A Guide to Carbohydrates

“Carbohydrate” is a word hot on everyone’s lips, and not usually in the friendliest sense. In fact, carbohydrates seem to be the latest evil scapegoat, blamed for everybody’s extra kilos. But the idea that carbs are somehow “bad” for you is unfounded, unwise, and misleading. Carbohydrate foods in their more natural forms are a very important part of a healthy diet. They provide energy, fibre, vitamins, minerals, protein and water, all of which are crucial for a fit and happy body.

Discover different types of carbohydrates and the roles they play in your body, learn how to incorporate carbs into your diet and find out whether carbs really are fattening…

What are carbohydrates?

Carbohydrate foods are an important part of any healthy diet.

In technical terms, a carbohydrate is an organic compound made up of carbon, hydrogen and oxygen atoms. In food terms, carbohydrates are found in many foods such as cereals, grains, fruit, legumes, fruit juices, vegetables, milk, sugars, jam, honey, confectionery and soft drinks.

At a rudimentary level, carbohydrates can be described as either simple or complex:

  • Simple carbohydrates are the most basic carbohydrates found in foods such as sugar, honey, jam, confectionery and soft drinks. These contain very little in the way of nutrients other than carbohydrates.
  • Complex carbohydrates come from plants, and are found in foods such as grains, breads, cereals, vegetables, legumes and seeds. Unlike simple carbohydrates, these foods contain other essential nutrients, such as vitamins, minerals and dietary fibre.

Technically speaking, however, carbohydrates are classified by the number of single sugar molecules they contain. All carbohydrates are made up of one or more basic sugar molecules binding together to form monosaccharides, disaccharides, and polysaccharides.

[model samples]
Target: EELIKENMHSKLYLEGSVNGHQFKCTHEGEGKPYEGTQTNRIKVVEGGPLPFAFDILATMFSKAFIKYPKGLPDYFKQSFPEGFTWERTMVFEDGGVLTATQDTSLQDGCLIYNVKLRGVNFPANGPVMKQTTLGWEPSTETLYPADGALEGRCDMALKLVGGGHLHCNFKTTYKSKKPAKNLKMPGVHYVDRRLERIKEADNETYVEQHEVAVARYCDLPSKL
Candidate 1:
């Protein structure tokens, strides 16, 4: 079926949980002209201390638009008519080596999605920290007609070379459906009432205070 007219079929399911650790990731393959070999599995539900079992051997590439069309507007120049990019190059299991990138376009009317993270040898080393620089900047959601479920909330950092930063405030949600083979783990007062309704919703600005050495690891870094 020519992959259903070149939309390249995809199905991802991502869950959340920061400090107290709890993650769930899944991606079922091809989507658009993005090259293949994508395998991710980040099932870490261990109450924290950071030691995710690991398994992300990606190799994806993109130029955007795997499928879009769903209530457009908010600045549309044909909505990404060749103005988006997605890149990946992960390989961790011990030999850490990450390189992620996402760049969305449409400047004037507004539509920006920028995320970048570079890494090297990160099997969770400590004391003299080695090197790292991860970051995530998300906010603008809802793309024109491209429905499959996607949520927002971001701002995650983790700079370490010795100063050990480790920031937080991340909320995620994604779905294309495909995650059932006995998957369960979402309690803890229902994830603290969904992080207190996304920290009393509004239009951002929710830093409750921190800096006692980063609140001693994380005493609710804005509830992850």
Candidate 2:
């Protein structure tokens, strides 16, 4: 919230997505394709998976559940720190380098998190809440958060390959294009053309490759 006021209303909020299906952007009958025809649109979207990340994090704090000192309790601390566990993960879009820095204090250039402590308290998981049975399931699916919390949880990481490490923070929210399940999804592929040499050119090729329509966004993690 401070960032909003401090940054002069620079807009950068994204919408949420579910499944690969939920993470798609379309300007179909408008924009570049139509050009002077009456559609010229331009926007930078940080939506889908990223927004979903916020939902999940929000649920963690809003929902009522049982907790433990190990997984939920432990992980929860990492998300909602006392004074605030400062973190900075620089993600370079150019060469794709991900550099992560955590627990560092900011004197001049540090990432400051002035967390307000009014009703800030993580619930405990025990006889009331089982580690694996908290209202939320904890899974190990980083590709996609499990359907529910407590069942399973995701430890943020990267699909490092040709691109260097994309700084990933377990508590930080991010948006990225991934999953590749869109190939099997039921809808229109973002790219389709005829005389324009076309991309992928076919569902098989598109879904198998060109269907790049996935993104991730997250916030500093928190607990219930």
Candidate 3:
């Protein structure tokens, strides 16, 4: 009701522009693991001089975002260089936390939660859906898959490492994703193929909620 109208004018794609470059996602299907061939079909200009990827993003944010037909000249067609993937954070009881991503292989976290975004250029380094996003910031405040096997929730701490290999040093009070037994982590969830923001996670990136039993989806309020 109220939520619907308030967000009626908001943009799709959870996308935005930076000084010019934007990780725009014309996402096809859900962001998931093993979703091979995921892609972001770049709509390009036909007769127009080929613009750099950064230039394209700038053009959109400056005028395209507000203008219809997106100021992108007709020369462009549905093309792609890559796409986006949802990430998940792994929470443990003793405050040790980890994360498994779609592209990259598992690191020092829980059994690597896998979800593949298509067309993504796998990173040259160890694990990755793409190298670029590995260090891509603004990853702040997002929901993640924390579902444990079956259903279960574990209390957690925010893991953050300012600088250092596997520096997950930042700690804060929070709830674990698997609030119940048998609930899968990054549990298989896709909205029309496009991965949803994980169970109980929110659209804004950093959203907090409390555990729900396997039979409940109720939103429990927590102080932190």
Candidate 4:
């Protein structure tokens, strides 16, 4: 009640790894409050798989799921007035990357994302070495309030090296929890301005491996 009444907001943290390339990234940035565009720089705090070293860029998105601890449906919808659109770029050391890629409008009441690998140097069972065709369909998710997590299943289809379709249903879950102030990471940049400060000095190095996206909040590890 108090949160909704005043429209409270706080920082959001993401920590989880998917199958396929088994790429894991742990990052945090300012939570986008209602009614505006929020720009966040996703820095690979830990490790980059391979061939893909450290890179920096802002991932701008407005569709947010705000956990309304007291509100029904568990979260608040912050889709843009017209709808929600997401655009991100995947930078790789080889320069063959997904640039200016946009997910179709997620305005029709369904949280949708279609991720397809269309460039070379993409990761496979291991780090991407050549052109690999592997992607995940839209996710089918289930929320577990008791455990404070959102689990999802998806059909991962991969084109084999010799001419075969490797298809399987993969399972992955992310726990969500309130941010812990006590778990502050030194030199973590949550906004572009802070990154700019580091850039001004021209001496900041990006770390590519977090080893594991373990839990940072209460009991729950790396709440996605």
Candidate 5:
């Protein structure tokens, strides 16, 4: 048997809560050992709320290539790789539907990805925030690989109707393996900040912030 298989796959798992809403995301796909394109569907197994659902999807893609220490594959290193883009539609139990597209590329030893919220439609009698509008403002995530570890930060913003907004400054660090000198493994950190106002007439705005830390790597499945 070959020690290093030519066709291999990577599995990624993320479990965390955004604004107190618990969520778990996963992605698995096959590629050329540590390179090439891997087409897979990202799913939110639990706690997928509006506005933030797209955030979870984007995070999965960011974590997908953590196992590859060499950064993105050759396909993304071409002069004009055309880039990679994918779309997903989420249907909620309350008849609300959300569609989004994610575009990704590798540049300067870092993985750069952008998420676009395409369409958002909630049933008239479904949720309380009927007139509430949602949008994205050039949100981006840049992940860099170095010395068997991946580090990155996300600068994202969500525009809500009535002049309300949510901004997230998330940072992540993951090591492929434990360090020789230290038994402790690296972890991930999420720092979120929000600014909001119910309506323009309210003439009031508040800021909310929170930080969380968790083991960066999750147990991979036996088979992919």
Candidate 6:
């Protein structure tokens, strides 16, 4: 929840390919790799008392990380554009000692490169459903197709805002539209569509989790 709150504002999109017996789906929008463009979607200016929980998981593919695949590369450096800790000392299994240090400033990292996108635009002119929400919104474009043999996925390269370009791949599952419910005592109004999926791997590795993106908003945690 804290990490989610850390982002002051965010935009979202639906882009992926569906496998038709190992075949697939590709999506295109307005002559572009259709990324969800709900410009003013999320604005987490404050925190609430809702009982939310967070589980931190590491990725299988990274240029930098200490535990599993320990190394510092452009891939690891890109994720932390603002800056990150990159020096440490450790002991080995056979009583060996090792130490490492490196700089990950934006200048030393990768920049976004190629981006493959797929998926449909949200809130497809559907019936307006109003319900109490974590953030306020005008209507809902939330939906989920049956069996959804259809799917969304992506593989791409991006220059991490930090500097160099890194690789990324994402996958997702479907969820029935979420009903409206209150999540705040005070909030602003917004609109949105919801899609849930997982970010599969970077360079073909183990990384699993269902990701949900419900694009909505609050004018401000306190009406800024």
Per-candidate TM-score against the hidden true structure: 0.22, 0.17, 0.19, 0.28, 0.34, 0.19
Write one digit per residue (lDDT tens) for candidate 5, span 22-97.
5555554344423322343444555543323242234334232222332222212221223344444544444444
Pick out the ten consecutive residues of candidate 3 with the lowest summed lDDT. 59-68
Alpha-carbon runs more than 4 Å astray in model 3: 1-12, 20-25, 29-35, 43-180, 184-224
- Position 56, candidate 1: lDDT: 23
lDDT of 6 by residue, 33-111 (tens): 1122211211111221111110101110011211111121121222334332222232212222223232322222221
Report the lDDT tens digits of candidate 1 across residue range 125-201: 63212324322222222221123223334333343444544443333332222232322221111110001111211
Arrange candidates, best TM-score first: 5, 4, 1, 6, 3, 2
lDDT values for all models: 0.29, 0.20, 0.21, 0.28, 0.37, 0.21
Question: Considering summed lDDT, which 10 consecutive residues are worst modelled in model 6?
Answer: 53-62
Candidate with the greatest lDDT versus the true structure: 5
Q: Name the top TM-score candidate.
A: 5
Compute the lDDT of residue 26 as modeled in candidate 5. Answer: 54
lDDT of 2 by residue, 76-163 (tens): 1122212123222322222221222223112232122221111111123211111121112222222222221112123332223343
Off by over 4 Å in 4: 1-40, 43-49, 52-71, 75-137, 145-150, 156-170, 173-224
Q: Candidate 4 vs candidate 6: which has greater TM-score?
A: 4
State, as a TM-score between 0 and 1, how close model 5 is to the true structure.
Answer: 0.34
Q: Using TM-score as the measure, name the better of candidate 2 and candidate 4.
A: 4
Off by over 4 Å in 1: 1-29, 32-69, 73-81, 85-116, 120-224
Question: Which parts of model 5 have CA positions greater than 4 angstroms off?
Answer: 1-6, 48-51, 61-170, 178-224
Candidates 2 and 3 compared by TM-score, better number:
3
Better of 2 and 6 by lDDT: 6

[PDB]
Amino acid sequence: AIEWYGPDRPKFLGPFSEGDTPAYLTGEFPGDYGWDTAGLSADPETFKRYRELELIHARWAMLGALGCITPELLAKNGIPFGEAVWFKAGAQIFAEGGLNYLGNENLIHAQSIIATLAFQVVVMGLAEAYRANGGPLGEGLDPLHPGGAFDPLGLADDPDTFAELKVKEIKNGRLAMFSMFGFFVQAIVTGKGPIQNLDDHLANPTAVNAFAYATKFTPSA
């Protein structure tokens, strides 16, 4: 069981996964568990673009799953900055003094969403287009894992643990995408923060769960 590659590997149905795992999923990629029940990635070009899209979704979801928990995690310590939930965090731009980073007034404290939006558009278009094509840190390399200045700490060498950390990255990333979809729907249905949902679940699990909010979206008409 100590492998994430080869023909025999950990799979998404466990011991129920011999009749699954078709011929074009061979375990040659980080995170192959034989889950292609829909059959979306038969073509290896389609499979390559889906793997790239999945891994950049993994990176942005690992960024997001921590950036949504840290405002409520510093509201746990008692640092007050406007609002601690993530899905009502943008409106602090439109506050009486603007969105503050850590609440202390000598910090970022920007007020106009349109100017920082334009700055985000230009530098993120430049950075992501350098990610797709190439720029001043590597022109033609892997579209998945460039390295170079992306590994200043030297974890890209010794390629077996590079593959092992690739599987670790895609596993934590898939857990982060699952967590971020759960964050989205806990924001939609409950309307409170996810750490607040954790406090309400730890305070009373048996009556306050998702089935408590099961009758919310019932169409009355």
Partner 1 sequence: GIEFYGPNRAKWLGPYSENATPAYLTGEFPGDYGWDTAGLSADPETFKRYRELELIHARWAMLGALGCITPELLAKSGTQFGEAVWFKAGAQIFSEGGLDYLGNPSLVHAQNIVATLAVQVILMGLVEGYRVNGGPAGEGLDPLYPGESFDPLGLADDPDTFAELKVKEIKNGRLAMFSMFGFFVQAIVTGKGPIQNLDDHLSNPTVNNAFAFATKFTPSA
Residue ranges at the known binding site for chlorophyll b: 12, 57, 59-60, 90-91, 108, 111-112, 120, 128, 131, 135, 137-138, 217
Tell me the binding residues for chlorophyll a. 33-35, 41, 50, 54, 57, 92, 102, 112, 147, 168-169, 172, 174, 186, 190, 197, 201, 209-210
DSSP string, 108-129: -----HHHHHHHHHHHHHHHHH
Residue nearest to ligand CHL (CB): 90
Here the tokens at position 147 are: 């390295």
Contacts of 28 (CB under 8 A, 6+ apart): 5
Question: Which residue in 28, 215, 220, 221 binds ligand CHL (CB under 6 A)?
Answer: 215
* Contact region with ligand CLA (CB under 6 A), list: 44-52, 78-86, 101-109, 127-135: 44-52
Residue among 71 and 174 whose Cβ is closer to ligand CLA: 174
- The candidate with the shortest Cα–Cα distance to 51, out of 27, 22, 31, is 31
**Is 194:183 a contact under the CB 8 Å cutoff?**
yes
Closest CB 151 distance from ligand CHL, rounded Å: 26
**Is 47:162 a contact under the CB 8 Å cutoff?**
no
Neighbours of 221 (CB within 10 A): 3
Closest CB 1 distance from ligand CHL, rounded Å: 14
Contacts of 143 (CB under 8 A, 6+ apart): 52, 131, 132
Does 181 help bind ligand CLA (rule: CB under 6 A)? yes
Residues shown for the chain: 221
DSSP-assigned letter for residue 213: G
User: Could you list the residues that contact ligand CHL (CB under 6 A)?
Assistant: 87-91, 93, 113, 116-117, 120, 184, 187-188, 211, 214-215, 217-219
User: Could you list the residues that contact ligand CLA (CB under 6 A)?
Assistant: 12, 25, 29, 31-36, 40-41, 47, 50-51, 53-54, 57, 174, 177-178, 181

Monosaccharides contain just one sugar molecule. These are sugars in their most simple form. The most important monosaccharides are glucose, fructose and galactose.

Glucose Also known as dextrose or grape sugar. This is the major form of sugar in the blood and ultimately provides energy for all cells in your body. Your body converts the carbohydrates in your food to glucose. It’s also present in some foods such as honey.
Fructose Also known as fruit sugar or levulose. This is present in fruit and honey and in small amounts in vegetables.
Galactose This is formed during the digestion of milk sugar (lactose).


Disaccharides contain two sugar molecules joined together. The most important disaccharides are sucrose, lactose and maltose.

Sucrose This is made up of glucose and fructose. It’s found mainly in sugar cane. Small amounts of sucrose are found in some fruits and vegetables such as peaches, apricots, pineapple, peas and sweet corn.
Lactose This is made up of glucose and galactose. It’s the sugar naturally present in milk.
Maltose This is made up of two glucose molecules, and is found in malt and malted milk.


Polysaccharides can contain up to 10,000 glucose or sugar molecules linked together like a strand of pearls. The most important polysaccharides are starch and glycogen.

Starch This is found in legumes, grains and cereal products such as rice and wheat, and in vegetables, especially root vegetables such as potatoes.